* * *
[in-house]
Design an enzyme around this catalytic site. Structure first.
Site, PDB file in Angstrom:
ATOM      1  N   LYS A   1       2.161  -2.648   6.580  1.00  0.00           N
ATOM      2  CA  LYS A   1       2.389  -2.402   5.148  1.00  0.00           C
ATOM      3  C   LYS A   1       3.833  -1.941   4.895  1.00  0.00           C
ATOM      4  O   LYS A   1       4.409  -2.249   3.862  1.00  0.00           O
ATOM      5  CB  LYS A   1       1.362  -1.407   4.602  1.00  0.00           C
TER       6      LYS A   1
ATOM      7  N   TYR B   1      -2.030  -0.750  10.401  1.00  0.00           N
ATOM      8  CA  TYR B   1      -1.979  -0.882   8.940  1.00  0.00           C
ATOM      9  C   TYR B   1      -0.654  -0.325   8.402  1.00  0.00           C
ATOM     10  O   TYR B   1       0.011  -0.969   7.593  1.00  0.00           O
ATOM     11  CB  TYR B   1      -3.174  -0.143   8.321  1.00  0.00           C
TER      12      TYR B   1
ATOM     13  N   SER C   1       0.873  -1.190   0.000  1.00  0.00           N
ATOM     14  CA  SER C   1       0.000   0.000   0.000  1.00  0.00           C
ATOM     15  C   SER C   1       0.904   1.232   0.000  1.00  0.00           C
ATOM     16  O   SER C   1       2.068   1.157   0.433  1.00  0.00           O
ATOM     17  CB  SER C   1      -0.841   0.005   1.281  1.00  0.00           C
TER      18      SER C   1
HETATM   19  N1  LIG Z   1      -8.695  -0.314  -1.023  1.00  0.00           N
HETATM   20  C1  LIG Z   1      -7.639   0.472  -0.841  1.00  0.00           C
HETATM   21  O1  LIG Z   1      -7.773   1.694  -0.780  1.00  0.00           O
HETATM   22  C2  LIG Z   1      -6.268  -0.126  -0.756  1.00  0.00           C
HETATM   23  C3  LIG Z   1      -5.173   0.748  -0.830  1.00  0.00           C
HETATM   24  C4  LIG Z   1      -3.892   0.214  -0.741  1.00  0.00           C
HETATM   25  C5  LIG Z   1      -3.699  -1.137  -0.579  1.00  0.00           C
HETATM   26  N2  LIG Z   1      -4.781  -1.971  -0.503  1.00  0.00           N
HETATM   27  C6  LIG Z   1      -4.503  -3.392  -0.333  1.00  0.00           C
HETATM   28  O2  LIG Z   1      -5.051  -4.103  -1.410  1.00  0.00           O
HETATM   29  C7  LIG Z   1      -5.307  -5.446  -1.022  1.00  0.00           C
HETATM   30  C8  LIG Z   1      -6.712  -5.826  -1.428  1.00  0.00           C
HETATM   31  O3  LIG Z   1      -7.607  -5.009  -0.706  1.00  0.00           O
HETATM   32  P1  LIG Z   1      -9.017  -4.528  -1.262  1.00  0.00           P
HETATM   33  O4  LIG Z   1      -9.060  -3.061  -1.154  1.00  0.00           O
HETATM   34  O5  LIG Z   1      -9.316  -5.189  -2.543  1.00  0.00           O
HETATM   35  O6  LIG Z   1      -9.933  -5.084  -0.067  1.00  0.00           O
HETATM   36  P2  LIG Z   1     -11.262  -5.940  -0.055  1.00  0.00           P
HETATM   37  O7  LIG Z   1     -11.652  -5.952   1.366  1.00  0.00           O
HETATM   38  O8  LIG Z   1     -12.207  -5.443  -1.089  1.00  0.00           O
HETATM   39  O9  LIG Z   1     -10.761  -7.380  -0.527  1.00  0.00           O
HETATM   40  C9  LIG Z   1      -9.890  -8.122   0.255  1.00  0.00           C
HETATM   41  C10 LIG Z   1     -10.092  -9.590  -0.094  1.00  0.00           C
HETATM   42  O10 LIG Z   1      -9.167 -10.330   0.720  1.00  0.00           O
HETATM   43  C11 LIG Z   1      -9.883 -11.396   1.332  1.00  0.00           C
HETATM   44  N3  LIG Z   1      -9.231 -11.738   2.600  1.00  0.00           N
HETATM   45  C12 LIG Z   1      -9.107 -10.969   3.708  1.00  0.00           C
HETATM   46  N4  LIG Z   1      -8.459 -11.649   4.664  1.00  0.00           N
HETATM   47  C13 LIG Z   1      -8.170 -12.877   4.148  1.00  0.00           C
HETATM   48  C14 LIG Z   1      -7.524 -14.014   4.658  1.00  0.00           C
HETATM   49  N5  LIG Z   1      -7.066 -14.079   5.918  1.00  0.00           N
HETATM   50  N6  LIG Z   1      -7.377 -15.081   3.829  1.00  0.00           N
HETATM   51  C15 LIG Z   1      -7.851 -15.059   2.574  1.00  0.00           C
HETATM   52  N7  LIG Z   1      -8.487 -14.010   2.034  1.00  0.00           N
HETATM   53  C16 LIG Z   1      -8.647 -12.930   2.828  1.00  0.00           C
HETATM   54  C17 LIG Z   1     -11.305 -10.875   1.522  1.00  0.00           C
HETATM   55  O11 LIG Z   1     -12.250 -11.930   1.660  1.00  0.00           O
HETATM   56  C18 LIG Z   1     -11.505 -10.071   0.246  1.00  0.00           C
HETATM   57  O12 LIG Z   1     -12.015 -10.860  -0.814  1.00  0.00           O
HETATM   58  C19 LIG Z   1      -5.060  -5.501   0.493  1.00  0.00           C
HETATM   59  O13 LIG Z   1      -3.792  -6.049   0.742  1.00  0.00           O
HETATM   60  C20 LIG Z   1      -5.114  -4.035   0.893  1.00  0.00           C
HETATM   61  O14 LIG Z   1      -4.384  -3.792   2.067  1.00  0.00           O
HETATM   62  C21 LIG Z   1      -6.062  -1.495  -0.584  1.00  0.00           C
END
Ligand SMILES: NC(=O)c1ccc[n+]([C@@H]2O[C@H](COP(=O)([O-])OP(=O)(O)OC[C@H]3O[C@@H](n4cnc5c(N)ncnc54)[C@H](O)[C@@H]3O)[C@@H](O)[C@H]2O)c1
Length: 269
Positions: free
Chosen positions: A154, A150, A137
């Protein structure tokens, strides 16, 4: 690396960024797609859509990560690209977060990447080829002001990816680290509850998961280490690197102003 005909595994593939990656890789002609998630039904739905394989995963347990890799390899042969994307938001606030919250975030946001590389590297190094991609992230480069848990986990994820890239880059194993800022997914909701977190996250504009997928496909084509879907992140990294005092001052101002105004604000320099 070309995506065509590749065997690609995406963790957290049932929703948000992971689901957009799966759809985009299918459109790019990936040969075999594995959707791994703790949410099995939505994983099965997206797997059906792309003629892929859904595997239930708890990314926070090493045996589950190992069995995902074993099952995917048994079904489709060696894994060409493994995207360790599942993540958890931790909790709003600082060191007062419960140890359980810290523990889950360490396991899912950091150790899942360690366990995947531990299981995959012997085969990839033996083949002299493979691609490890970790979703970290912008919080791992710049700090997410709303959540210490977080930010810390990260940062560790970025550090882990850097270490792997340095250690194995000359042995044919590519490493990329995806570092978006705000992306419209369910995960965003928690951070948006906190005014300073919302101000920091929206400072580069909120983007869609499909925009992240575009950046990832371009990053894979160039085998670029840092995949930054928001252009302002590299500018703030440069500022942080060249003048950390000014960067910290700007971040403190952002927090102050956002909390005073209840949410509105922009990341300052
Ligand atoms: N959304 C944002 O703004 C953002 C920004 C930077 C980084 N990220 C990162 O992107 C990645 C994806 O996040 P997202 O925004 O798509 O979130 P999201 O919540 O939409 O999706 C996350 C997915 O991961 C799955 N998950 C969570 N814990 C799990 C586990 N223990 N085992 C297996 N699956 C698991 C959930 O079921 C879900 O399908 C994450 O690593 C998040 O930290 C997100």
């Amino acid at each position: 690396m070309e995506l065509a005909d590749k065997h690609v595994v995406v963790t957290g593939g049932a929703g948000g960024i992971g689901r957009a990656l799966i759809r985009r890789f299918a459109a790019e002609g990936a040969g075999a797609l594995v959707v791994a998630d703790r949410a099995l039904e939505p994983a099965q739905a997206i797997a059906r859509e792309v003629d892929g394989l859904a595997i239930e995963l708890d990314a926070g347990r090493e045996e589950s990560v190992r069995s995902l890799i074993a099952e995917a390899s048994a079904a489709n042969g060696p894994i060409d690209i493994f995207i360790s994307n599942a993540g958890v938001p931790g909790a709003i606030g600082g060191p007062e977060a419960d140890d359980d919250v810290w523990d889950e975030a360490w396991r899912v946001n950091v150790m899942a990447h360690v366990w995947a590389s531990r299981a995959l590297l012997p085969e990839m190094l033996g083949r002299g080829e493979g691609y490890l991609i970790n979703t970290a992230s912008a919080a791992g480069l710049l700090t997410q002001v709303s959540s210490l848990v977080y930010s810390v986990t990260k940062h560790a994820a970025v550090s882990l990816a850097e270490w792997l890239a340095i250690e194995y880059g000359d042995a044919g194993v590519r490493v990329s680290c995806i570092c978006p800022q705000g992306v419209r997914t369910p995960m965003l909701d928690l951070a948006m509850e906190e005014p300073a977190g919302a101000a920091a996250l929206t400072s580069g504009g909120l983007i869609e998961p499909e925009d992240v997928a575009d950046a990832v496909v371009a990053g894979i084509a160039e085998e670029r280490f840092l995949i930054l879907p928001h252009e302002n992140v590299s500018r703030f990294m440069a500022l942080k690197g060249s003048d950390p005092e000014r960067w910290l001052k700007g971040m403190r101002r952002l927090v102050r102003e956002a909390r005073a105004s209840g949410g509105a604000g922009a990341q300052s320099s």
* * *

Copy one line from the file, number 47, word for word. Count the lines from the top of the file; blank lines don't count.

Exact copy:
HETATM   44  N3  LIG Z   1      -9.231 -11.738   2.600  1.00  0.00           N